When Should You Say Something?

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I was in the middle of my first solo trip abroad. I started in Paris and then ventured down to Barcelona to meet up with friends.

Eiffel Tower
My attempt at getting a full view of the Eiffel Tower

The 3 of us were out and about exploring the city and had made our way down to Las Ramblas. While we were looking around the different booths, I noticed a man acting funny.

He was hunched over as if he were crippled and had a large coat draped over his back.

A young girl was shopping at one of the booths in front of him. As she turned to walk away from the booth, he sneakily threw something on her. She started looking up to the tree above her to see where the muck had come from since she hadn’t noticed the man hovering around her.

My friend who was very familiar with Barcelona and all the theft that takes place around Las Ramblas said, “He’s going to try and steal her purse.”

Sadie and park Guell
Playing around in Park Guell

The girl had turned her back to the man and was using a mirror at one of the booths to clean herself off. The booth owner had seen the shady man waiting behind the girl and was motioning for him to go away, but the thief kept putting his finger to his lips telling the booth owner to be quiet.

Sadly the booth owner complied and turned his back on the situation.

My friends said we should go, but I couldn’t just leave and not say anything to the girl. If it were me, I would want someone to help me. I have been robbed before and nobody helped!

I think that was a worse feeling than that actual robbery.

I told my friends I had to say something, so I approached the girl.

I told her how the man had thrown something on her to distract her and that he was probably going to try and steal her purse. Of course when I tried to point him out, he had hid behind a group of men.

Gaudi bench in Park Guell
One of Gaudi’s masterpieces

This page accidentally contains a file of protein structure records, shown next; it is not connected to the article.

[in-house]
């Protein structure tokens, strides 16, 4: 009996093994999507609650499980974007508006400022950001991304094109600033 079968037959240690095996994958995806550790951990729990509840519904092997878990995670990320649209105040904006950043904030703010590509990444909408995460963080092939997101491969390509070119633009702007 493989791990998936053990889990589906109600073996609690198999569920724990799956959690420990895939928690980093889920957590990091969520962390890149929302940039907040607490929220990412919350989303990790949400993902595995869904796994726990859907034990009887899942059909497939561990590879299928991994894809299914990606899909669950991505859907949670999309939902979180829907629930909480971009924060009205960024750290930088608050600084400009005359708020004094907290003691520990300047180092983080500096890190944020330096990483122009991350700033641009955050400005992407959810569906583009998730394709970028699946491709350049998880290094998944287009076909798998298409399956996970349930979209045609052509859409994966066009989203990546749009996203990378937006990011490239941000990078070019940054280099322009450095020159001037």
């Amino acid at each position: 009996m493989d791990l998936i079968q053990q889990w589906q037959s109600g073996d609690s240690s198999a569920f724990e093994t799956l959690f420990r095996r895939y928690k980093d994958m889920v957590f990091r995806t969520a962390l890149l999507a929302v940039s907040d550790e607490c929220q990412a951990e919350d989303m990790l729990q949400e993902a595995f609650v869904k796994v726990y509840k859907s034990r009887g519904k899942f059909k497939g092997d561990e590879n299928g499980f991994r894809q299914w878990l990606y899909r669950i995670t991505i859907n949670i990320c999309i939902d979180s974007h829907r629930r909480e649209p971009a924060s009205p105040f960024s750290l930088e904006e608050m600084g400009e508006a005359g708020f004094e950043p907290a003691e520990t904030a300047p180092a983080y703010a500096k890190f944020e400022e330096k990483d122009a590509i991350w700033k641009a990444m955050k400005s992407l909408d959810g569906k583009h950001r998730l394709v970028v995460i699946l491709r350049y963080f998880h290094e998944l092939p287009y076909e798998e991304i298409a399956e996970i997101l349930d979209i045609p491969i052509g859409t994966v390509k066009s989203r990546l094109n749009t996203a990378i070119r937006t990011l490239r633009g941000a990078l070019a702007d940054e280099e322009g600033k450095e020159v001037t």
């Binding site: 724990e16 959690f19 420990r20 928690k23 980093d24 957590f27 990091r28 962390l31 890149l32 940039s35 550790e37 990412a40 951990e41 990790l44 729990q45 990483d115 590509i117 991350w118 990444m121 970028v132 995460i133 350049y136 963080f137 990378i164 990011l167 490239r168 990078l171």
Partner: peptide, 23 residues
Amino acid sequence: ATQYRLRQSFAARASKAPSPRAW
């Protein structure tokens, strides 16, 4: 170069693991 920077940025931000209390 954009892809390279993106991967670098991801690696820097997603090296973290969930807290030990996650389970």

I asked her to walk with us to get away from the man, and she informed me her mother was a short distance away. I told her to go to her mother and stay with her.

We waited until she had joined back up with her family before we started to make our way back to the train.

That was when things got a bit scary.

The man jumped out from behind the crowd, threw off his coat, and started running at us screaming in Arabic. He clearly was not handicapped and was actually in very good shape.

My friends and I took off running towards the subway with the man in tow. He yelled and ran after us all the way to the other end of Las Ramblas before giving up and joining his crew of thieves.

This was the first time I was legitimately scared, but I do not regret helping the young girl.

Elephants walking
Taking the elephants for a bath

When should you say something?

The issue of when to say something is a big one not only in travel but in our everyday lives. I feel strongly about standing up for what is right, but there are times that you could be putting your own life in jeopardy too.

Being in Thailand, I voice my opinion about elephant riding and animal attractions quite frequently to other travelers, but I haven’t actually gone to these attractions to persuade tourists to avoid them.

I want to, but I’ve also heard stories of the mahouts and operators lashing out at people.

A man tried to get people to stop riding an elephant by holding signs and pictures of the abusive training and telling them they are supporting animal abuse by participating. Needless to say the mahout did not like the idea of money being taken away from him. He began hitting the activist with his bull hook giving the man some severe wounds.

2 men riding and elephant with a bull hook
The bull hook says it all.

While I was in North Sulawesi, we were told to never personally approach shop owners if we saw them selling items from the illegal wildlife trade. Even though selling macaque meat and sun bear heads and paws is illegal, you would still find people doing it, and approaching the shop owners would be too dangerous. 

In the case of the young girl, I didn’t feel threatened by the man initially which is why I decided to help her, but what could I do if I had? I could always find the local police, but it would have been too late. What would you have done?

Long Tailed Macaque
One of the resident long tailed macaques at Tasikoki

And then there are the less dangerous situations like seeing people littering. I see it at home and even more here in SE Asia. The “no care” attitude is strong, and it seems like most people don’t think twice about just tossing their trash to the side.

This one is a bit easier for me since I’m a bit of a loud mouth when it comes to littering and not recycling. When I’m back home, I have no problem voicing my opinion (especially to my friends and family), but there is still the risk of popping off to the wrong person. Maybe I should think a bit longer before I start scolding someone I don’t know.

Sun bear
One of Tasikoki’s rescued sun bears

I guess it all comes down to how you feel about the situation. The number one priority is to keep yourself safe, but I personally feel like if you can say something without getting hurt, you should.

It’s a hard choice when deciding whether to approach someone or not. What are your thoughts on the issue? Have you ever approached someone? What kind of reaction did you get?  



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